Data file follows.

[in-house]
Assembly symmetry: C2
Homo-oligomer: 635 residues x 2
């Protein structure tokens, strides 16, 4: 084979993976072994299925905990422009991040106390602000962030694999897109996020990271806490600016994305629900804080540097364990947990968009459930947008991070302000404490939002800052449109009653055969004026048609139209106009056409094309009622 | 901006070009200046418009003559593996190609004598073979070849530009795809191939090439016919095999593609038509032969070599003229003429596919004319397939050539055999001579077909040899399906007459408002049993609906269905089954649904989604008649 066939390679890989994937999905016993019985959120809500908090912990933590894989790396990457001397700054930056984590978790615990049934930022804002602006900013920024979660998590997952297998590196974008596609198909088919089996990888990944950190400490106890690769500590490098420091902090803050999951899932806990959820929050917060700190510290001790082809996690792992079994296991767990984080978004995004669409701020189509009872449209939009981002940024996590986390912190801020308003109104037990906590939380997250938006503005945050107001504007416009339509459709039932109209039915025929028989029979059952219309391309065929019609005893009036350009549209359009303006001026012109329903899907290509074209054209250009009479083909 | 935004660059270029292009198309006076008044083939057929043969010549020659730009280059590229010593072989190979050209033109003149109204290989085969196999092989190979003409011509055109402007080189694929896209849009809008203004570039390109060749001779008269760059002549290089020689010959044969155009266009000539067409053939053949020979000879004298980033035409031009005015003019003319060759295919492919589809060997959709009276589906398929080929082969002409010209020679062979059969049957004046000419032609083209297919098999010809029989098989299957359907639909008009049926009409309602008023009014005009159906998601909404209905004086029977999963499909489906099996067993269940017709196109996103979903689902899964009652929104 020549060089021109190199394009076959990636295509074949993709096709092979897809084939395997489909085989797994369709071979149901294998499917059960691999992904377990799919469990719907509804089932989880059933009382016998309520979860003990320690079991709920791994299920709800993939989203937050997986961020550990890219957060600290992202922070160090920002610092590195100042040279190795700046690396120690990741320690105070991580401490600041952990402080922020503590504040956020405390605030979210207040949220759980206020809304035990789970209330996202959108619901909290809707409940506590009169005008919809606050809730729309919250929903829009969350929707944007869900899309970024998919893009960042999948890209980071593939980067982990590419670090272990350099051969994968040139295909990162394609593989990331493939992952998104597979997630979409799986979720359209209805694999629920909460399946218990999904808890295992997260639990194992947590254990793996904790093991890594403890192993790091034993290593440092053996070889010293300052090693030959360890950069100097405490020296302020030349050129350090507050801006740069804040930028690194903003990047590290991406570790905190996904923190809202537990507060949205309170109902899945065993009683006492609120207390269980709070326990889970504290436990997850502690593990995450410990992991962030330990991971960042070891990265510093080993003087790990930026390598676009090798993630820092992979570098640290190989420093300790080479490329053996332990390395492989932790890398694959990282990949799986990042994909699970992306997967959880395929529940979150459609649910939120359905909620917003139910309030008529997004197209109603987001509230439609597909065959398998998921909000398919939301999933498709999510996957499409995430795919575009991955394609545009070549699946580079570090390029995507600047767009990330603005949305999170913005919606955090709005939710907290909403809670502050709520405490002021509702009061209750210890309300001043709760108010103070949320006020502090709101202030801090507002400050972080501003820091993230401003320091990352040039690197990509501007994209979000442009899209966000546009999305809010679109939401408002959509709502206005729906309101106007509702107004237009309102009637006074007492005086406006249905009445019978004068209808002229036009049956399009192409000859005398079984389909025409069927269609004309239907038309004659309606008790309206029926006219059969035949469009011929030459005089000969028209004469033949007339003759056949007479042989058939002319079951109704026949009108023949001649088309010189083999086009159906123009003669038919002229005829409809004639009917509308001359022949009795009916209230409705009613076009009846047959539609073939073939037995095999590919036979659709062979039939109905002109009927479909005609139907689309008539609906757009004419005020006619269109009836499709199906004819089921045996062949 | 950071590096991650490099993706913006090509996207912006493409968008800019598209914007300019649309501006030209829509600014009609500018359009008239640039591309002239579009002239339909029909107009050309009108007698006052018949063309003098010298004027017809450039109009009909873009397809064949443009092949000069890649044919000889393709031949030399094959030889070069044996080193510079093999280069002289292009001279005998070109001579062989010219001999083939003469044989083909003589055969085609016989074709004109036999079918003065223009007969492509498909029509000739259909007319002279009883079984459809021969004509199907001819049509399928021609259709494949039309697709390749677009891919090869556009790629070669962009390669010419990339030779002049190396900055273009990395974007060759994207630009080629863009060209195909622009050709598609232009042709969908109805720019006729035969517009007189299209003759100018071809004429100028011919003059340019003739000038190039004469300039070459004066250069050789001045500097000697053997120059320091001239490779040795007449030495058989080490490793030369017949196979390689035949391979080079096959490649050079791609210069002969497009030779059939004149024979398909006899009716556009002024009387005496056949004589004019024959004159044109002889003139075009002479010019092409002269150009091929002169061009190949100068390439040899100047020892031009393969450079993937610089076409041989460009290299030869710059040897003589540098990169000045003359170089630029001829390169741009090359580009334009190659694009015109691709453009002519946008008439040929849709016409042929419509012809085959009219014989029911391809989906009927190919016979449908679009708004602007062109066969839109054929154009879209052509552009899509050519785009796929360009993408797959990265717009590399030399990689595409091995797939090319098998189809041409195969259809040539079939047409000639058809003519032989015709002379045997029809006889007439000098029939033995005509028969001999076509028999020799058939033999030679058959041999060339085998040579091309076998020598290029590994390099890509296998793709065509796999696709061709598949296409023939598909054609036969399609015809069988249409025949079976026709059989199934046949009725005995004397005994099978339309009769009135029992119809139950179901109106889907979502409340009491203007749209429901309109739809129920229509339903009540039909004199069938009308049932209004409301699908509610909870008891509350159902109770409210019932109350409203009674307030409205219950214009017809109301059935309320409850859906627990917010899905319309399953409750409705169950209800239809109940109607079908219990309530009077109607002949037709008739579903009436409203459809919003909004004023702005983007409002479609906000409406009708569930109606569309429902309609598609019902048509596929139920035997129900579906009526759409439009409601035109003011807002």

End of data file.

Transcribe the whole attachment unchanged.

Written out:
[in-house]
Assembly symmetry: C2
Homo-oligomer: 635 residues x 2
């Protein structure tokens, strides 16, 4: 084979993976072994299925905990422009991040106390602000962030694999897109996020990271806490600016994305629900804080540097364990947990968009459930947008991070302000404490939002800052449109009653055969004026048609139209106009056409094309009622 | 901006070009200046418009003559593996190609004598073979070849530009795809191939090439016919095999593609038509032969070599003229003429596919004319397939050539055999001579077909040899399906007459408002049993609906269905089954649904989604008649 066939390679890989994937999905016993019985959120809500908090912990933590894989790396990457001397700054930056984590978790615990049934930022804002602006900013920024979660998590997952297998590196974008596609198909088919089996990888990944950190400490106890690769500590490098420091902090803050999951899932806990959820929050917060700190510290001790082809996690792992079994296991767990984080978004995004669409701020189509009872449209939009981002940024996590986390912190801020308003109104037990906590939380997250938006503005945050107001504007416009339509459709039932109209039915025929028989029979059952219309391309065929019609005893009036350009549209359009303006001026012109329903899907290509074209054209250009009479083909 | 935004660059270029292009198309006076008044083939057929043969010549020659730009280059590229010593072989190979050209033109003149109204290989085969196999092989190979003409011509055109402007080189694929896209849009809008203004570039390109060749001779008269760059002549290089020689010959044969155009266009000539067409053939053949020979000879004298980033035409031009005015003019003319060759295919492919589809060997959709009276589906398929080929082969002409010209020679062979059969049957004046000419032609083209297919098999010809029989098989299957359907639909008009049926009409309602008023009014005009159906998601909404209905004086029977999963499909489906099996067993269940017709196109996103979903689902899964009652929104 020549060089021109190199394009076959990636295509074949993709096709092979897809084939395997489909085989797994369709071979149901294998499917059960691999992904377990799919469990719907509804089932989880059933009382016998309520979860003990320690079991709920791994299920709800993939989203937050997986961020550990890219957060600290992202922070160090920002610092590195100042040279190795700046690396120690990741320690105070991580401490600041952990402080922020503590504040956020405390605030979210207040949220759980206020809304035990789970209330996202959108619901909290809707409940506590009169005008919809606050809730729309919250929903829009969350929707944007869900899309970024998919893009960042999948890209980071593939980067982990590419670090272990350099051969994968040139295909990162394609593989990331493939992952998104597979997630979409799986979720359209209805694999629920909460399946218990999904808890295992997260639990194992947590254990793996904790093991890594403890192993790091034993290593440092053996070889010293300052090693030959360890950069100097405490020296302020030349050129350090507050801006740069804040930028690194903003990047590290991406570790905190996904923190809202537990507060949205309170109902899945065993009683006492609120207390269980709070326990889970504290436990997850502690593990995450410990992991962030330990991971960042070891990265510093080993003087790990930026390598676009090798993630820092992979570098640290190989420093300790080479490329053996332990390395492989932790890398694959990282990949799986990042994909699970992306997967959880395929529940979150459609649910939120359905909620917003139910309030008529997004197209109603987001509230439609597909065959398998998921909000398919939301999933498709999510996957499409995430795919575009991955394609545009070549699946580079570090390029995507600047767009990330603005949305999170913005919606955090709005939710907290909403809670502050709520405490002021509702009061209750210890309300001043709760108010103070949320006020502090709101202030801090507002400050972080501003820091993230401003320091990352040039690197990509501007994209979000442009899209966000546009999305809010679109939401408002959509709502206005729906309101106007509702107004237009309102009637006074007492005086406006249905009445019978004068209808002229036009049956399009192409000859005398079984389909025409069927269609004309239907038309004659309606008790309206029926006219059969035949469009011929030459005089000969028209004469033949007339003759056949007479042989058939002319079951109704026949009108023949001649088309010189083999086009159906123009003669038919002229005829409809004639009917509308001359022949009795009916209230409705009613076009009846047959539609073939073939037995095999590919036979659709062979039939109905002109009927479909005609139907689309008539609906757009004419005020006619269109009836499709199906004819089921045996062949 | 950071590096991650490099993706913006090509996207912006493409968008800019598209914007300019649309501006030209829509600014009609500018359009008239640039591309002239579009002239339909029909107009050309009108007698006052018949063309003098010298004027017809450039109009009909873009397809064949443009092949000069890649044919000889393709031949030399094959030889070069044996080193510079093999280069002289292009001279005998070109001579062989010219001999083939003469044989083909003589055969085609016989074709004109036999079918003065223009007969492509498909029509000739259909007319002279009883079984459809021969004509199907001819049509399928021609259709494949039309697709390749677009891919090869556009790629070669962009390669010419990339030779002049190396900055273009990395974007060759994207630009080629863009060209195909622009050709598609232009042709969908109805720019006729035969517009007189299209003759100018071809004429100028011919003059340019003739000038190039004469300039070459004066250069050789001045500097000697053997120059320091001239490779040795007449030495058989080490490793030369017949196979390689035949391979080079096959490649050079791609210069002969497009030779059939004149024979398909006899009716556009002024009387005496056949004589004019024959004159044109002889003139075009002479010019092409002269150009091929002169061009190949100068390439040899100047020892031009393969450079993937610089076409041989460009290299030869710059040897003589540098990169000045003359170089630029001829390169741009090359580009334009190659694009015109691709453009002519946008008439040929849709016409042929419509012809085959009219014989029911391809989906009927190919016979449908679009708004602007062109066969839109054929154009879209052509552009899509050519785009796929360009993408797959990265717009590399030399990689595409091995797939090319098998189809041409195969259809040539079939047409000639058809003519032989015709002379045997029809006889007439000098029939033995005509028969001999076509028999020799058939033999030679058959041999060339085998040579091309076998020598290029590994390099890509296998793709065509796999696709061709598949296409023939598909054609036969399609015809069988249409025949079976026709059989199934046949009725005995004397005994099978339309009769009135029992119809139950179901109106889907979502409340009491203007749209429901309109739809129920229509339903009540039909004199069938009308049932209004409301699908509610909870008891509350159902109770409210019932109350409203009674307030409205219950214009017809109301059935309320409850859906627990917010899905319309399953409750409705169950209800239809109940109607079908219990309530009077109607002949037709008739579903009436409203459809919003909004004023702005983007409002479609906000409406009708569930109606569309429902309609598609019902048509596929139920035997129900579906009526759409439009409601035109003011807002």